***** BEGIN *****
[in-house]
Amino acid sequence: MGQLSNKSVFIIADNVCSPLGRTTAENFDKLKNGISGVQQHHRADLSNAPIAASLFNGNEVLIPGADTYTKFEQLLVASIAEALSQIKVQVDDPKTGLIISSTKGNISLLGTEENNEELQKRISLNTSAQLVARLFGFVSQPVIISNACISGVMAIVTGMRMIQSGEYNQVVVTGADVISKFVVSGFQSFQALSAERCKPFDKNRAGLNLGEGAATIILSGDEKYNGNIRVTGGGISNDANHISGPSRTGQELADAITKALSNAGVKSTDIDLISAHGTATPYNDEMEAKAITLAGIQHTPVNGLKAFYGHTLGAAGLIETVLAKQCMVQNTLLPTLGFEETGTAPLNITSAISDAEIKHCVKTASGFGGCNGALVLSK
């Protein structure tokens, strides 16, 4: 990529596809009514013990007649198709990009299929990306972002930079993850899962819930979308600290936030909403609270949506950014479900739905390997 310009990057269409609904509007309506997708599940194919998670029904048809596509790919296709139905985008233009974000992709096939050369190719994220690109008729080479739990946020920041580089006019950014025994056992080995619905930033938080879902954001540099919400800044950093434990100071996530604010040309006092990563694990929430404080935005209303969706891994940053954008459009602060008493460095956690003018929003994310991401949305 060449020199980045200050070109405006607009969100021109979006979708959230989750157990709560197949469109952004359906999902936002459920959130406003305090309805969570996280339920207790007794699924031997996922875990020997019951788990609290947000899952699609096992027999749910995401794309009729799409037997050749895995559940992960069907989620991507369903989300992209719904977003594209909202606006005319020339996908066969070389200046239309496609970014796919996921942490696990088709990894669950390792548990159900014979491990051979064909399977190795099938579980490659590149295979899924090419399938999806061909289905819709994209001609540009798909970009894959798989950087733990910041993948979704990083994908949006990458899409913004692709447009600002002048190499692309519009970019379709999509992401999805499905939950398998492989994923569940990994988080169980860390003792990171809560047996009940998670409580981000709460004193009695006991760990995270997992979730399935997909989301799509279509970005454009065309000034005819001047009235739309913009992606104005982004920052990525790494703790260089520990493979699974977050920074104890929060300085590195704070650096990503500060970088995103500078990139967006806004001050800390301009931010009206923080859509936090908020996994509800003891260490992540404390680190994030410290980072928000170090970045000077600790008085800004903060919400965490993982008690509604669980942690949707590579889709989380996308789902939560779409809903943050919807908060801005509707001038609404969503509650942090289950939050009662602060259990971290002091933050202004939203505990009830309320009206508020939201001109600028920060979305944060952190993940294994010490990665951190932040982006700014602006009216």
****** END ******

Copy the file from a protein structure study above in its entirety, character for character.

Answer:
[in-house]
Amino acid sequence: MGQLSNKSVFIIADNVCSPLGRTTAENFDKLKNGISGVQQHHRADLSNAPIAASLFNGNEVLIPGADTYTKFEQLLVASIAEALSQIKVQVDDPKTGLIISSTKGNISLLGTEENNEELQKRISLNTSAQLVARLFGFVSQPVIISNACISGVMAIVTGMRMIQSGEYNQVVVTGADVISKFVVSGFQSFQALSAERCKPFDKNRAGLNLGEGAATIILSGDEKYNGNIRVTGGGISNDANHISGPSRTGQELADAITKALSNAGVKSTDIDLISAHGTATPYNDEMEAKAITLAGIQHTPVNGLKAFYGHTLGAAGLIETVLAKQCMVQNTLLPTLGFEETGTAPLNITSAISDAEIKHCVKTASGFGGCNGALVLSK
């Protein structure tokens, strides 16, 4: 990529596809009514013990007649198709990009299929990306972002930079993850899962819930979308600290936030909403609270949506950014479900739905390997 310009990057269409609904509007309506997708599940194919998670029904048809596509790919296709139905985008233009974000992709096939050369190719994220690109008729080479739990946020920041580089006019950014025994056992080995619905930033938080879902954001540099919400800044950093434990100071996530604010040309006092990563694990929430404080935005209303969706891994940053954008459009602060008493460095956690003018929003994310991401949305 060449020199980045200050070109405006607009969100021109979006979708959230989750157990709560197949469109952004359906999902936002459920959130406003305090309805969570996280339920207790007794699924031997996922875990020997019951788990609290947000899952699609096992027999749910995401794309009729799409037997050749895995559940992960069907989620991507369903989300992209719904977003594209909202606006005319020339996908066969070389200046239309496609970014796919996921942490696990088709990894669950390792548990159900014979491990051979064909399977190795099938579980490659590149295979899924090419399938999806061909289905819709994209001609540009798909970009894959798989950087733990910041993948979704990083994908949006990458899409913004692709447009600002002048190499692309519009970019379709999509992401999805499905939950398998492989994923569940990994988080169980860390003792990171809560047996009940998670409580981000709460004193009695006991760990995270997992979730399935997909989301799509279509970005454009065309000034005819001047009235739309913009992606104005982004920052990525790494703790260089520990493979699974977050920074104890929060300085590195704070650096990503500060970088995103500078990139967006806004001050800390301009931010009206923080859509936090908020996994509800003891260490992540404390680190994030410290980072928000170090970045000077600790008085800004903060919400965490993982008690509604669980942690949707590579889709989380996308789902939560779409809903943050919807908060801005509707001038609404969503509650942090289950939050009662602060259990971290002091933050202004939203505990009830309320009206508020939201001109600028920060979305944060952190993940294994010490990665951190932040982006700014602006009216």